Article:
There are 2.8 million registered voters in the state of South Carolina, and in the November 2010 general election more than half of them showed up to vote. And while voter turnout in primary elections is historically lower, roughly a quarter of registered Palmetto State voters cast ballots in the June 2010 primary races.

Those are considered normal numbers …

So … how many people showed up to vote in Tuesday’s Republican and Democratic primary elections? At first count, just 278,567 people – or 9.88 percent of the registered voting population.

“Very low,” said S.C. Election Commission (SCEC) director Marci Andino of the turnout.

Really? Try abysmally low. In fact we could be looking at record-breaking voter apathy – although we won’t know that for sure until the SCEC finishes its tabulations.

(To read our live-blog from election night, click here. To view election results, click here).

What caused this depressingly low turnout?

Several things …

First and foremost, there was widespread confusion among the electorate. In addition to numerous candidates being removed from the ballot for failing to file required income disclosure forms, this was the first statewide primary held after lawmakers redrew district lines in accordance with 2010 Census results.

Voters simply didn’t bother to find out who was running … or which races they were supposed to vote in.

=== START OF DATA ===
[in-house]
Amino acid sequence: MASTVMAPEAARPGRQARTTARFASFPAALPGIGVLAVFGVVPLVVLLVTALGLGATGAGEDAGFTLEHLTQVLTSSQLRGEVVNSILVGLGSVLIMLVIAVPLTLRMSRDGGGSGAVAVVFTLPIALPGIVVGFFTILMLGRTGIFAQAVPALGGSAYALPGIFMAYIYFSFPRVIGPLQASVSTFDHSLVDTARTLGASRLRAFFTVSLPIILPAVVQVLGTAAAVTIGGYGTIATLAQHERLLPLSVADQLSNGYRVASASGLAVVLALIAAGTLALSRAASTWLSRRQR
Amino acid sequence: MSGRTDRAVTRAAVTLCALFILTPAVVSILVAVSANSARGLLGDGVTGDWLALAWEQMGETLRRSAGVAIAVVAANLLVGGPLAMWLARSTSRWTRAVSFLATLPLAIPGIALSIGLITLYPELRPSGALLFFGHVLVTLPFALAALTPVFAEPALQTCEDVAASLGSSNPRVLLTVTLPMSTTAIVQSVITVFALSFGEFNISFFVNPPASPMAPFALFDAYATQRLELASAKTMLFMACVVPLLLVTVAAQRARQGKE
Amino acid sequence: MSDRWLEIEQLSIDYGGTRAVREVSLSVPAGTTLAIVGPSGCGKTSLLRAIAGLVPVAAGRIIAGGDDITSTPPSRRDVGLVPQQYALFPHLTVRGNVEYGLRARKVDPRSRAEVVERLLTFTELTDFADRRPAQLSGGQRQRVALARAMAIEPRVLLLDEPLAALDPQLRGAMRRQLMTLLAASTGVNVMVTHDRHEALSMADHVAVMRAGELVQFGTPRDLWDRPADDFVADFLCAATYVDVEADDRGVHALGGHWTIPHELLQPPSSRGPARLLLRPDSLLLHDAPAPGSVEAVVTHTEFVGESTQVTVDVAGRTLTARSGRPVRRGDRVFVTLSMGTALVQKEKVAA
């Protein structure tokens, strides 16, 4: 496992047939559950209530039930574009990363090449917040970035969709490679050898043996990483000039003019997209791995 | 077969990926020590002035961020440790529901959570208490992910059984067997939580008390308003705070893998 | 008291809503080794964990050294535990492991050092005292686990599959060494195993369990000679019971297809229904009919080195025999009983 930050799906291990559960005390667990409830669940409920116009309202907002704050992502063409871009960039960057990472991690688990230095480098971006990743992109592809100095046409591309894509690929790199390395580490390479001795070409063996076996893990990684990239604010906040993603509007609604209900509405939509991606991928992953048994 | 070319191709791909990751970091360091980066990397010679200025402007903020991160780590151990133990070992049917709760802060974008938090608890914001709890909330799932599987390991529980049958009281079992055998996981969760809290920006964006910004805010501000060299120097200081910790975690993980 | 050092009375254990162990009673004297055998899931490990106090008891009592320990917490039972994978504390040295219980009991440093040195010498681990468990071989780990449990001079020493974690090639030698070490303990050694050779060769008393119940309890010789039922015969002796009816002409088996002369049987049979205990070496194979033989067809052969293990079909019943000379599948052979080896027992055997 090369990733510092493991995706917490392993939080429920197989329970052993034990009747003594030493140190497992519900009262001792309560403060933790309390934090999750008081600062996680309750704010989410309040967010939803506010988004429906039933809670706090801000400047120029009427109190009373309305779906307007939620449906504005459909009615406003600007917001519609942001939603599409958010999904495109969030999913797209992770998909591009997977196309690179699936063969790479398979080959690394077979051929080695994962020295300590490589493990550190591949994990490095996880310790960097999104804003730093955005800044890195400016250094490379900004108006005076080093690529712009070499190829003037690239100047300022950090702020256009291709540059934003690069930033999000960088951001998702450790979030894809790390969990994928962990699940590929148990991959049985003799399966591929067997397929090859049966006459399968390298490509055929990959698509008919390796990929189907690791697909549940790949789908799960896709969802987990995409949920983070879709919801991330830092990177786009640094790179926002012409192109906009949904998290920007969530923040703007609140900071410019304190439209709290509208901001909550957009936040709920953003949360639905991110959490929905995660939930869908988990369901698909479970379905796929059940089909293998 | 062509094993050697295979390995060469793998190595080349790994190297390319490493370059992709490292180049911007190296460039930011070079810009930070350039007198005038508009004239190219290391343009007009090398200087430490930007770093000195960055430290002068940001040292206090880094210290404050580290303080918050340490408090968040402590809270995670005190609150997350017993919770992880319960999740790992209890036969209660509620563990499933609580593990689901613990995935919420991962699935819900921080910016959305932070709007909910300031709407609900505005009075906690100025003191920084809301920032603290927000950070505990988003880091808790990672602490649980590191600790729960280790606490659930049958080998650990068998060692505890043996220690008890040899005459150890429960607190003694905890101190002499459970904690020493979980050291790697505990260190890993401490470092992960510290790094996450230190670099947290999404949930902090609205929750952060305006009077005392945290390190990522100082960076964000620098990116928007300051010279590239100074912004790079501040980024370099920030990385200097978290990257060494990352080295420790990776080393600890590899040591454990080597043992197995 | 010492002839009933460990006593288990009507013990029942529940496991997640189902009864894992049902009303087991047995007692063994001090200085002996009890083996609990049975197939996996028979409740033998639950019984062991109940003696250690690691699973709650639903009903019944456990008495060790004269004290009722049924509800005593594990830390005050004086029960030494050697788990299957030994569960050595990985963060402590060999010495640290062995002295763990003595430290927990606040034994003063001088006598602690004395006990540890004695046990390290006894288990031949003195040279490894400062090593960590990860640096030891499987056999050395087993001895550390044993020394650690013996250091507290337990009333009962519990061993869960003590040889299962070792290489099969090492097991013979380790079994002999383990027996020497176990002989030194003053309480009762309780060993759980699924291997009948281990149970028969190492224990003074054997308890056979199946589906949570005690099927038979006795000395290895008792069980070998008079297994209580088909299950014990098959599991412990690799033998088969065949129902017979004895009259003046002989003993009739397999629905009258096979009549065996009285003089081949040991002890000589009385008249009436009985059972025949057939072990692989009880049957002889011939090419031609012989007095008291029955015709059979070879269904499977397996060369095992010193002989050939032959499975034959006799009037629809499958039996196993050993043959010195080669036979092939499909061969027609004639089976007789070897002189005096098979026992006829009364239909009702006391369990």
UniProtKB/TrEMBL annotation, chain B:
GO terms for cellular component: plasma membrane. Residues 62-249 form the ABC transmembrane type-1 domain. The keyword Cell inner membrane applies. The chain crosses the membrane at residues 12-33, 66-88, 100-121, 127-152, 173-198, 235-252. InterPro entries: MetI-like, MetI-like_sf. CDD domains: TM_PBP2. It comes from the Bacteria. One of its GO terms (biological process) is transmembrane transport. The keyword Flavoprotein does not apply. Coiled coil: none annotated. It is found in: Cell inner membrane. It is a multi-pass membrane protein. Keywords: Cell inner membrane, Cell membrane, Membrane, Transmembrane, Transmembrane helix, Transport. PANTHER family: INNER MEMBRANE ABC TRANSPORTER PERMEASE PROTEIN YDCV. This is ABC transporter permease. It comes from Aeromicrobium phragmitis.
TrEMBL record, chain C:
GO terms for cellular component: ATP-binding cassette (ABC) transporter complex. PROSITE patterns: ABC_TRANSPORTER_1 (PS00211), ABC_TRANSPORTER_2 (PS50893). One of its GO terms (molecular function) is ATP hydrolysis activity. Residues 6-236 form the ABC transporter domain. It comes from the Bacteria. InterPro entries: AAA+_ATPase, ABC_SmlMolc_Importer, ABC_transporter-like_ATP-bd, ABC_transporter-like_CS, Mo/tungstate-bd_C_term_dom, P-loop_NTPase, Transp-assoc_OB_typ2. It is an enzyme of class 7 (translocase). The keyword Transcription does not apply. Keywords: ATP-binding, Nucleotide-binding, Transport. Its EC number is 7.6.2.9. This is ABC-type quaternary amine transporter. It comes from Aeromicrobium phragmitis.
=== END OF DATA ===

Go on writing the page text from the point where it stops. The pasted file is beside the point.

Second, the “Tea Party” movement – which catapulted Nikki Haley to the governor’s office in 2010 – is clearly reeling from the feeling. Not only did Tea Partiers in the Palmetto State fail to recruit challengers (viable or otherwise) to run against potentially vulnerable incumbents, but they failed to show up and support the few fiscal conservatives who did file against establishment Republicans.

That’s disillusionment on a massive scale.

Third, this was the first primary since 2000 that did not feature a statewide race at the top of the ticket. In 2002, 2006 and 2010 statewide constitutional offices were on the ballot, while in 2002, 2004, 2008 and 2010 there were contested U.S. Senate primaries. The lack of a “big ticket” race also played a role in driving down interest – and turnout.

Despite all these factors, voter participation was still shockingly low. Most analysts we spoke with said they expected roughly 15-20 percent of the electorate to show up and vote on Tuesday – predictions which were obviously far too optimistic.

“Decisions are made by those who show up,” Harry S. Truman once said.

Or was that Woody Allen? Or Aaron Sorkin?

We forget … but nine out of ten registered voters in the Palmetto State didn’t bother to show up in this election. That’s sad … but what’s even sadder is that it’s hard to blame them for abstaining.